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UNC-Chapel Hill BIOC 108 - 4.2 docx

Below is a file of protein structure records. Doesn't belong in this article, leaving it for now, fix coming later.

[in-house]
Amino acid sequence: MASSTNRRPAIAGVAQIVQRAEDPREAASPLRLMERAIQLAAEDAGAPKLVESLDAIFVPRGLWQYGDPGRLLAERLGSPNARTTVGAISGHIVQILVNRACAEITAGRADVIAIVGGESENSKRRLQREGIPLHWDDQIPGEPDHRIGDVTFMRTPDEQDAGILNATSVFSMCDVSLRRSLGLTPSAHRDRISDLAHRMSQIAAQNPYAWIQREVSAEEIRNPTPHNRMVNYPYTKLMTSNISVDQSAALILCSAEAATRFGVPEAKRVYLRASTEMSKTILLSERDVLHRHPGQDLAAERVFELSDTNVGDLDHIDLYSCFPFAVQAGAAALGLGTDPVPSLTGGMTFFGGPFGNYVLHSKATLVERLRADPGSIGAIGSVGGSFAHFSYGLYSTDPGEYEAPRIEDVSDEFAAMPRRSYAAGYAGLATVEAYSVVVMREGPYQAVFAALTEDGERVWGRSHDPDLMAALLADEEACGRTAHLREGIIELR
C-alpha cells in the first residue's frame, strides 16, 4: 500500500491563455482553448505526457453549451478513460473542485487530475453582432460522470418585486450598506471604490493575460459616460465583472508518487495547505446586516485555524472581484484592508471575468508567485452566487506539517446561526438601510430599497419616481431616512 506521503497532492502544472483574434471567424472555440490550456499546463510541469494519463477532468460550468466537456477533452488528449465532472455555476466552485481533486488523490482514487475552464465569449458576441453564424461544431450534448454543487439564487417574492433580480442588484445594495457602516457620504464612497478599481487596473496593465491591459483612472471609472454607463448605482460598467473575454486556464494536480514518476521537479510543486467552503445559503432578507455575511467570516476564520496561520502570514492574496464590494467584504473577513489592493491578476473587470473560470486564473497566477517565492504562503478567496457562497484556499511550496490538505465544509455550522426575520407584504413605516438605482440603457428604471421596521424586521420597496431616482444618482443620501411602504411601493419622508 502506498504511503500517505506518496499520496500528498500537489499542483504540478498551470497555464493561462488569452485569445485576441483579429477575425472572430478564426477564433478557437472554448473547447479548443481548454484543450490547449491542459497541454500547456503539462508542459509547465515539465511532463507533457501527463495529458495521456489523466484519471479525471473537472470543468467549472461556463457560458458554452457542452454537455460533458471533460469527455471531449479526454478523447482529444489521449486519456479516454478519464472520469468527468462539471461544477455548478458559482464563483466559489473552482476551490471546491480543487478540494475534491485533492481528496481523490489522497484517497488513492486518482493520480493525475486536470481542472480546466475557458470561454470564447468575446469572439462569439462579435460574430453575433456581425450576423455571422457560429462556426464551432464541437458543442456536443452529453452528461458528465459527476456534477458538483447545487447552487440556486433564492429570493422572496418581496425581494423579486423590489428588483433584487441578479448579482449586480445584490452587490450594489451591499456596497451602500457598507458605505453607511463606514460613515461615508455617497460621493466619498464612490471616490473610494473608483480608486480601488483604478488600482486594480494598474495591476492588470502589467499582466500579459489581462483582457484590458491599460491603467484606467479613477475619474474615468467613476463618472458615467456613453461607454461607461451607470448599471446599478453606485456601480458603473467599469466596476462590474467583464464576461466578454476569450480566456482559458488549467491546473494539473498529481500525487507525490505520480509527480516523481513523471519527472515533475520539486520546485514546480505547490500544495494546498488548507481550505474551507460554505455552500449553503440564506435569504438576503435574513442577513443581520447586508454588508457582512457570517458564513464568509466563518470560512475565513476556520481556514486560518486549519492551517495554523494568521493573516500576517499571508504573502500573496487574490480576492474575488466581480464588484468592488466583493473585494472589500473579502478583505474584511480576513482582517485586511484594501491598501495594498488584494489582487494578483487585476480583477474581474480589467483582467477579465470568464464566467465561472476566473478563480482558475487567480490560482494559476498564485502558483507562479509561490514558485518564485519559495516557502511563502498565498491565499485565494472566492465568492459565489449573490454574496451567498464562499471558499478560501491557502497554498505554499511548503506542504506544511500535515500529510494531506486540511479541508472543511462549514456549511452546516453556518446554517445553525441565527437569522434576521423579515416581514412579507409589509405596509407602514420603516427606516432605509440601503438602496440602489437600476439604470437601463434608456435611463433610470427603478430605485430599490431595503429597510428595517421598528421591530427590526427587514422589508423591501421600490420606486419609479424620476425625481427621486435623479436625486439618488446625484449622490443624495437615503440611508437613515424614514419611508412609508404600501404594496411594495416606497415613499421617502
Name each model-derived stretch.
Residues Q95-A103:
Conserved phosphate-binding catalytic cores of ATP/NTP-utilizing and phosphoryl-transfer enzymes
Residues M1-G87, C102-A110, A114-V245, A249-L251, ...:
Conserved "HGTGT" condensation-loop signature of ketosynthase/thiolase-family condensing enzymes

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4.2 – Hormones3 Chemical Messenger Systems:1. Autocrine: chemical messenger is acting on the cell that released it2. Paracrine: ligands diffuse from one cell to the other, communicating 3. Endocrine: cell far away releases a messenger, which enters the circulatory system to find another cell (signaling at a distance)What do we need hormones for? Allow coordination of bodily function Signaling molecules: o Produced by glandso Transported by circulatory systemo Target distant organso Regulate physiology and behavior Centralized control of:o Blood sugar levelso Growtho Awake/sleep cycleso Reproductiono Fight or flight response Epinephrine and the Stress Response: Fight or flight response There is a neural stimulation at the brain And there is a pituitary-adrenal axis, which receives signal from brain  Causes epinephrine to be released and heart rate increases, breathing rate increases, and blood sugar increases Releases ACTH and cortisol hormone, liver releases glucose How does one cell relay information to another cell? - Within a cell, signals can diffuse within the membrane, or be actively transported - There is a Hydrophobic Plasma Membrane keeping the contents of the cell inside- 2 ways to emit a signal:1. Make a chemical messenger that is soluble in the plasma membrane (hydrophobic)2. Package the chemical messenger for exocytosis, storing signal in small vesicles, released outside of the cell- What about receiving the signal?o The hydrophobic chemical messenger will diffuse into the target cello The hydrophilic chemical messenger will require a protein receptor on the external surface of the cell to detect the messengerTypes of Hormones: Peptide: insulin and glucagon Amino Acid Derivative Steroid: derived from cholesterol, hydrophobic  Lipid: long carbon chains Types of Signal Receptors: Receptor Tyrosine Kinase: RTKo Insulin receptor o Human growth factor receptor G-Protein Coupled Receptor: o Beta Adrenergic Receptoro Glucagono Histamine Receptoro Serotonin Receptor Nuclear Receptor/Steroid Hormone Receptor:o Internal, in the cytoplasm of the cell, bind to steroid horomeso Estrogen receptoro Androgen receptoro Glucocorticoid receptor Hydrophobic Messengers: once signal crosses membrane, it binds to steroid receptor inside of the cell, steroid binds to this, moves into the nucleus where transcription and translation are occurring Steroid Hormones and Drugs: all derived from cholesterol, can move across membrane (hydrophobic) Cholesterol  Estrogen Testosterone  CortisoneHydrophilic Messengers: vesicles release signal across the membrane, cell receiving the signal has a receptor for the signal to bind to, this initiates a response inside the cell via a 2nd messengerG-Protein Coupled Receptor (GCPR) Signaling: Adenylate cyclase 2nd messenger Adenylate cyclase converts ATP to cAMP (2nd messenger for glucagon) Activates kinases which leads to cellular output Glucagon: - Maintains blood glucose during fasting, mobilizes fatty acids from adipose- Glycogen phosphorylase breaks down glycogen, turned on with phosphorylated- Glycogen synthase makes glycogen, turned off when phosphorylated- Signal = low blood glucose levels- G protein is activated, increased in cAMP = second messenger- Activates protein kinases- Proteins are phosphorylatedInsulin:- Receptor tyrosine kinase- 2nd messenger is activated with phosphorylation- Activates protein phosphatase- Reverses glucagon effectsG-Protein Coupled Receptor Signaling: Phospholipase C 2nd Messenger System- Phospholipicase c cuts head off of PIP 2 to get IP3 and DAGChemical Messengers and Drugs: Chemical messengers control and coordinate organ function This makes chemical messenger pathways the target of the majority of drugs  Agonist: something that promotes/activates the normal activity of a pathway Antagonist: something that inhibits the normal activity Albuterol: an agonist of the beta-adrenergic receptor Normal ligand is epinephrine or adrenalineZyrtec: an antagonist of the histamine receptors, block histamine from binding, therefore stopping the allergic reactionFlonase: a steroidal anti-inflammatory, glucocorticoid receptor agonist Ibuprofen: NSAID, non-steroidal anti-inflammatory drug, inhibits COX production Caffeine: an antagonist of adenosine receptors in neurons, blocks adenosine from binding, therefore stopping pro-sleep signaling, inhibitor of cAMP


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